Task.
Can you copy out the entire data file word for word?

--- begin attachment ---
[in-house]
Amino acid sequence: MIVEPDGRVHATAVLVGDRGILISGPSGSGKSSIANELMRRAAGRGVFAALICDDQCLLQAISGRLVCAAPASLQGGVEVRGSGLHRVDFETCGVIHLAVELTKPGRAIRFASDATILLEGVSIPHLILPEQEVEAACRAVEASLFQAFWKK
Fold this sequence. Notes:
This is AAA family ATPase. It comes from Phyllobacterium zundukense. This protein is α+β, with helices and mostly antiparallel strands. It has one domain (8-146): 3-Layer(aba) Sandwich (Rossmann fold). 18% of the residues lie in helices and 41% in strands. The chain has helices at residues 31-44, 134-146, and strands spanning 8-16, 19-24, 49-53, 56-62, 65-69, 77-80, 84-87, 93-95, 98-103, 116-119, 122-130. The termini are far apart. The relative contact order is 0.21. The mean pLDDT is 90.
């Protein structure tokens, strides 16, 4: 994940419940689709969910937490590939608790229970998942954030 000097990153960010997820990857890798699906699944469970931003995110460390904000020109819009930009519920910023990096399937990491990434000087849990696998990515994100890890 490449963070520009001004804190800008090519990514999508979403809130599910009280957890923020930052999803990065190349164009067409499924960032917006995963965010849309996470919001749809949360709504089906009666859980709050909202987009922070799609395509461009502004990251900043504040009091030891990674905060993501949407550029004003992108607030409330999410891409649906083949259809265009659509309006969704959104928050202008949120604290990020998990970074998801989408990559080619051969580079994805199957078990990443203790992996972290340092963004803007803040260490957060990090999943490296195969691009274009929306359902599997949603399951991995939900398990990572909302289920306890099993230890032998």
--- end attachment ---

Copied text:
[in-house]
Amino acid sequence: MIVEPDGRVHATAVLVGDRGILISGPSGSGKSSIANELMRRAAGRGVFAALICDDQCLLQAISGRLVCAAPASLQGGVEVRGSGLHRVDFETCGVIHLAVELTKPGRAIRFASDATILLEGVSIPHLILPEQEVEAACRAVEASLFQAFWKK
Fold this sequence. Notes:
This is AAA family ATPase. It comes from Phyllobacterium zundukense. This protein is α+β, with helices and mostly antiparallel strands. It has one domain (8-146): 3-Layer(aba) Sandwich (Rossmann fold). 18% of the residues lie in helices and 41% in strands. The chain has helices at residues 31-44, 134-146, and strands spanning 8-16, 19-24, 49-53, 56-62, 65-69, 77-80, 84-87, 93-95, 98-103, 116-119, 122-130. The termini are far apart. The relative contact order is 0.21. The mean pLDDT is 90.
């Protein structure tokens, strides 16, 4: 994940419940689709969910937490590939608790229970998942954030 000097990153960010997820990857890798699906699944469970931003995110460390904000020109819009930009519920910023990096399937990491990434000087849990696998990515994100890890 490449963070520009001004804190800008090519990514999508979403809130599910009280957890923020930052999803990065190349164009067409499924960032917006995963965010849309996470919001749809949360709504089906009666859980709050909202987009922070799609395509461009502004990251900043504040009091030891990674905060993501949407550029004003992108607030409330999410891409649906083949259809265009659509309006969704959104928050202008949120604290990020998990970074998801989408990559080619051969580079994805199957078990990443203790992996972290340092963004803007803040260490957060990090999943490296195969691009274009929306359902599997949603399951991995939900398990990572909302289920306890099993230890032998």